We had the good fortune of connecting with Adair Stephens and we’ve shared our conversation below.
Hi Adair, how do you think about risk?
As an artist, the idea of risk-taking is always on my mind. Every piece I create inherently involves risk and the possibility of failure, which adds a kind of energy and excitement to the process. To combat this potentially paralyzing feeling, I view the majority of my creative output as experiments. This experimentation can manifest in many ways: a bold or unusual color combination, a new way of applying marks to paper or fabric, or subject matter that challenges my comfort zone. For example, a few years ago, I spent dozens of hours creating a portrait out of thread and fabric on my sewing machine. When I realized that the resulting face was becoming distorted in a way that didn’t align with my vision, I took out a pair of scissors, sliced it up into multiple pieces, and, like it was Frankenstein’s monster, recombined the pieces into a new face that felt much more successful. It takes a fair amount of bravery to potentially sacrifice those hours of work in an attempt to course-correct. You could end up with something better, or it could turn into a pile of scraps. But taking that leap of faith feels so necessary and exciting. More generally, I also frequently find myself motivated to take risks in my personal life. Part of the process of following your heart and chasing your dreams means evaluating your current circumstances and figuring out if they’re working for you. I’m not afraid to switch things up, find new opportunities, or move across the country if I think it will bring me closer to my goals. Things don’t work out perfectly every time, but there’s always an adventure to be had along the way.
Can you open up a bit about your work and career? We’re big fans and we’d love for our community to learn more about your work.
In recent years, I have become interested in learning more about Jungian archetypes, Greco-Roman mythology, and the history of tarot cards. I often think about how each of these systems connect and interact in contemporary American pop culture, and how the associated figures have become deeply embedded within our collective storytelling. The questions I keep coming back to are: how can I depict these characters and creatures in a fresh way that relates to our current state of existence? How can I make these very old stories relevant to a time in which outdated gender norms and expectations are constantly being challenged? I think that my technique, materials, and point of view combine to make my artwork a unique and compelling answer to these questions. I’m excited by bright colors and interesting textures, and I aim to use these tools in ways that are visually engaging and hold a viewer’s attention. When creating a new piece, I most often choose portraiture— I believe that anyone can identify with another human face and empathize with the emotion displayed through a pair of big eyes or the twist of a mouth. While I do work with traditional painting and drawing materials like oil, acrylic, and pastel, I bring another perspective to my artwork with my use of thread and fabric. Over the course of many years of experimentation, I have developed a sewing technique that allows me to create pieces entirely out of layers of thread. I’m currently most excited about the possibilities of these patch-like creations and the many directions I can take them in future projects. Right now, I’m planning a playful series of quilts that combines multiple methods of construction and depicts my mythological archetypes in both direct and ambiguous ways. I’m looking forward to seeing where these new experiments take me.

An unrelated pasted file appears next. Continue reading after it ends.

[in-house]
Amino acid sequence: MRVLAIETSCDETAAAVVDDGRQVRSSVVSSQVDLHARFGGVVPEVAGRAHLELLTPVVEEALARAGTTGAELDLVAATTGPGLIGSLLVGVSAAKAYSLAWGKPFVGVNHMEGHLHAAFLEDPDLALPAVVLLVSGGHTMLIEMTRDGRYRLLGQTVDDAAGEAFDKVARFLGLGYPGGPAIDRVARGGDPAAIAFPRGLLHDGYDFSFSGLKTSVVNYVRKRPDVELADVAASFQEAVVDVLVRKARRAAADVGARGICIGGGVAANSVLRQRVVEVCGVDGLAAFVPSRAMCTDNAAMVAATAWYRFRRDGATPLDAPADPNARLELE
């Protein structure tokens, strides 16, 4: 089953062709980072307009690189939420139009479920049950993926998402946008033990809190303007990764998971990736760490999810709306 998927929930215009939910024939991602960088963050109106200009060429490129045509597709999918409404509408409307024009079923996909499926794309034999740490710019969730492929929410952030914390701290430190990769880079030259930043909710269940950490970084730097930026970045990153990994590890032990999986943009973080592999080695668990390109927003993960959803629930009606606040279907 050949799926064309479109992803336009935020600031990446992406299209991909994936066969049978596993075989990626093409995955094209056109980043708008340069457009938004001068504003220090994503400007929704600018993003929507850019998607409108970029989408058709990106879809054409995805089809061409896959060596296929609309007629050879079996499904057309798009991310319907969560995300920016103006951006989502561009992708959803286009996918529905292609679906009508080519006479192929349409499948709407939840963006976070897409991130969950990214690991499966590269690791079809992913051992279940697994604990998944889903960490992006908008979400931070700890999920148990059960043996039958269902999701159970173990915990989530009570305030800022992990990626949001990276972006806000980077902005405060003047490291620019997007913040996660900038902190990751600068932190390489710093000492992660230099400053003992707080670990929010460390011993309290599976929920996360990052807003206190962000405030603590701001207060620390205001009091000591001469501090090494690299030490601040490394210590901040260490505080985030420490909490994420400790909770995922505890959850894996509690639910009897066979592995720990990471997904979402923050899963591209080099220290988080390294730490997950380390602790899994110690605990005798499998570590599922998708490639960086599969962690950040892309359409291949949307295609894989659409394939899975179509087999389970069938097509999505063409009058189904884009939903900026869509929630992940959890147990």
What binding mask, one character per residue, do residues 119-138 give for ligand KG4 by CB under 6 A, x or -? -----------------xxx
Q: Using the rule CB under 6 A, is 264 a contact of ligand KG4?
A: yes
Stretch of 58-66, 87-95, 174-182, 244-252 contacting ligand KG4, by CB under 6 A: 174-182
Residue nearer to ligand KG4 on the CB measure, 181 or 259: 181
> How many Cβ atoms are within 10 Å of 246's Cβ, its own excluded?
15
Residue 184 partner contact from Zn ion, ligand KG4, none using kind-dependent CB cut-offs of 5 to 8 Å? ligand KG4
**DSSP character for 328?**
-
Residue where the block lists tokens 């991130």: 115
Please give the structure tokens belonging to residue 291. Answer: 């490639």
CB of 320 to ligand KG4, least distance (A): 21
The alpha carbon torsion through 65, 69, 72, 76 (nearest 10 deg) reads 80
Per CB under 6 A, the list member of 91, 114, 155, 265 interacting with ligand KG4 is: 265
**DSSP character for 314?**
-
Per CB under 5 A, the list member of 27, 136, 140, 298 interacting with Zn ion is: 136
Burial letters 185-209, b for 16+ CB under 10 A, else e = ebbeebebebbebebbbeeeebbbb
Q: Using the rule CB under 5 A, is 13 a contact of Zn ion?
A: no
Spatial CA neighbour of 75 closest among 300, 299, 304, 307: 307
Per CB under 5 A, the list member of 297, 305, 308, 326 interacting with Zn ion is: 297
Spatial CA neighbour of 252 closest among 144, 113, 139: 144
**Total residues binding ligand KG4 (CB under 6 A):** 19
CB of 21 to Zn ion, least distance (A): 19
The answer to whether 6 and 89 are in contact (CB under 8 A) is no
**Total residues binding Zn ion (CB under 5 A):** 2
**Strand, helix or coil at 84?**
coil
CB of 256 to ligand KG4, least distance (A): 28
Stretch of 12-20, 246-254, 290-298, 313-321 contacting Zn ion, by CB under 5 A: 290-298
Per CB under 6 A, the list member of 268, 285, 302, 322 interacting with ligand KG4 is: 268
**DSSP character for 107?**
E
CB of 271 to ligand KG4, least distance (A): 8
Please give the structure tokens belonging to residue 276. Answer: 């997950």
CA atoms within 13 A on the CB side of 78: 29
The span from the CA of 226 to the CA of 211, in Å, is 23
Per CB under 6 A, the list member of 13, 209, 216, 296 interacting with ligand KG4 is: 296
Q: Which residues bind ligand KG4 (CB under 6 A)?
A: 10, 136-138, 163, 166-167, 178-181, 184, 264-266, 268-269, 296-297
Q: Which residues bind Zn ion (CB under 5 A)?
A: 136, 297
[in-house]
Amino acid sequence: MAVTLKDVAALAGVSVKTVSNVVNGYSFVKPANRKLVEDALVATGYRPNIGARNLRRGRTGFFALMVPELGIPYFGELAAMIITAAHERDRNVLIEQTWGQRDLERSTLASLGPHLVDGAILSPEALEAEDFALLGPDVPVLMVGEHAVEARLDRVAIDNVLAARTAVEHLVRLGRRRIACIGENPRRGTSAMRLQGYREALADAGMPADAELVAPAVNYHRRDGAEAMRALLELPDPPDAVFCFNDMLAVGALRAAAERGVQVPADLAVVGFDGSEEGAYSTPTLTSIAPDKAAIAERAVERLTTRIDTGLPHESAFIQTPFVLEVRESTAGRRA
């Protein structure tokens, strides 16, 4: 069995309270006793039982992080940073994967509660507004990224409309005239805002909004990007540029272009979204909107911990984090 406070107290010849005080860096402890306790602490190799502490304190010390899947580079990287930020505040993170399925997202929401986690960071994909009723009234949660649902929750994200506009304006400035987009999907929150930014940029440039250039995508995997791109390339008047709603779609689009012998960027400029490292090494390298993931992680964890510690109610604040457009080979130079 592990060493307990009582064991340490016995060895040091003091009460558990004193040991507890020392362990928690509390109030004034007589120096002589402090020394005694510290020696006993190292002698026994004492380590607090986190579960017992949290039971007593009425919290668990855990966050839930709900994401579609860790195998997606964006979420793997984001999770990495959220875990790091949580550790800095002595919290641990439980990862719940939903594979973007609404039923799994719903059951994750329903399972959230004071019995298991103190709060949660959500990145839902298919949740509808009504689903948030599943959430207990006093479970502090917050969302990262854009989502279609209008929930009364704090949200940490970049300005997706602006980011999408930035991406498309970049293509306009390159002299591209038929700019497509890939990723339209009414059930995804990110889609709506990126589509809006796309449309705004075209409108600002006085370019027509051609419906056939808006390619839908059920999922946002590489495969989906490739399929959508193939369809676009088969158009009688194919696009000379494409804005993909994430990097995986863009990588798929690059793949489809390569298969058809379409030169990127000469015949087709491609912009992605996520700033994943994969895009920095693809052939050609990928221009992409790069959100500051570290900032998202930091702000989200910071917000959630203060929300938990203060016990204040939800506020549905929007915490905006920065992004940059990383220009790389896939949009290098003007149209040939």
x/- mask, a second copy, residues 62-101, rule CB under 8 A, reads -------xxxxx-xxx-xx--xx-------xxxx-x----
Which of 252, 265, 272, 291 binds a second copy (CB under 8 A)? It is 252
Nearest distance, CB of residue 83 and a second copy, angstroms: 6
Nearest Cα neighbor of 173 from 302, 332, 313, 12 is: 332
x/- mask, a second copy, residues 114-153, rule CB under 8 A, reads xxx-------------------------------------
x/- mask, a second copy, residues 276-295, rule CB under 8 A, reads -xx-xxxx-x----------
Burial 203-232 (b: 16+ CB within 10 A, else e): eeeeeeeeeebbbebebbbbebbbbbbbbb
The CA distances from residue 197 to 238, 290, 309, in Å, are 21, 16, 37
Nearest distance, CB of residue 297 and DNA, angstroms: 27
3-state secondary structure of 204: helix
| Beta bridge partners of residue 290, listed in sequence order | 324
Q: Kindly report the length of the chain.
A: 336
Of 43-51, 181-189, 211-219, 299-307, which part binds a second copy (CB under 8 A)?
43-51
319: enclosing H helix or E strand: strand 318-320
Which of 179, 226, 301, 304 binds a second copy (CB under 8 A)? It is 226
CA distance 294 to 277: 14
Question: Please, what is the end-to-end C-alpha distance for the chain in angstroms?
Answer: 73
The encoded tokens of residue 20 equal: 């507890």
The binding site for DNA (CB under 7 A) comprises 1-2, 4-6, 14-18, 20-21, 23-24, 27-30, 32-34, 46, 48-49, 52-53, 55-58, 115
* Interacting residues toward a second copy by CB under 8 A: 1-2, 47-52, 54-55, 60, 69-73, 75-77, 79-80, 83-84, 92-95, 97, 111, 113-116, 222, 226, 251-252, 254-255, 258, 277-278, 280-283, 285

Any places to eat or things to do that you can share with our readers? If they have a friend visiting town, what are some spots they could take them to?
I would most likely stick to Montrose, Midtown, and the Museum District. These neighborhoods are definitely the epicenter of the Houston art world, but they also have the highest concentration of fun bars and restaurants to check out. I also love being outdoors, so taking a walk around Hermann Park, Buffalo Bayou, or the Arboretum would be a must.
Who else deserves some credit and recognition?
I am very lucky to have a support system that includes a small group of friends and fellow creatives who I meet with on a regular basis, mostly over phone and video calls. In addition to giving feedback to each other on our artwork and creative writing, we also discuss our lives and how to navigate the world as artists. I would be lost without their love, friendship, and support. Bruna Massadas, Katelyn Eichwald, Kyler Ernst, Hélène Schlumberger, Elizabeth Eicher, and Jake Ziemann are among these amazing artists and writers who inspire me to keep charging forward!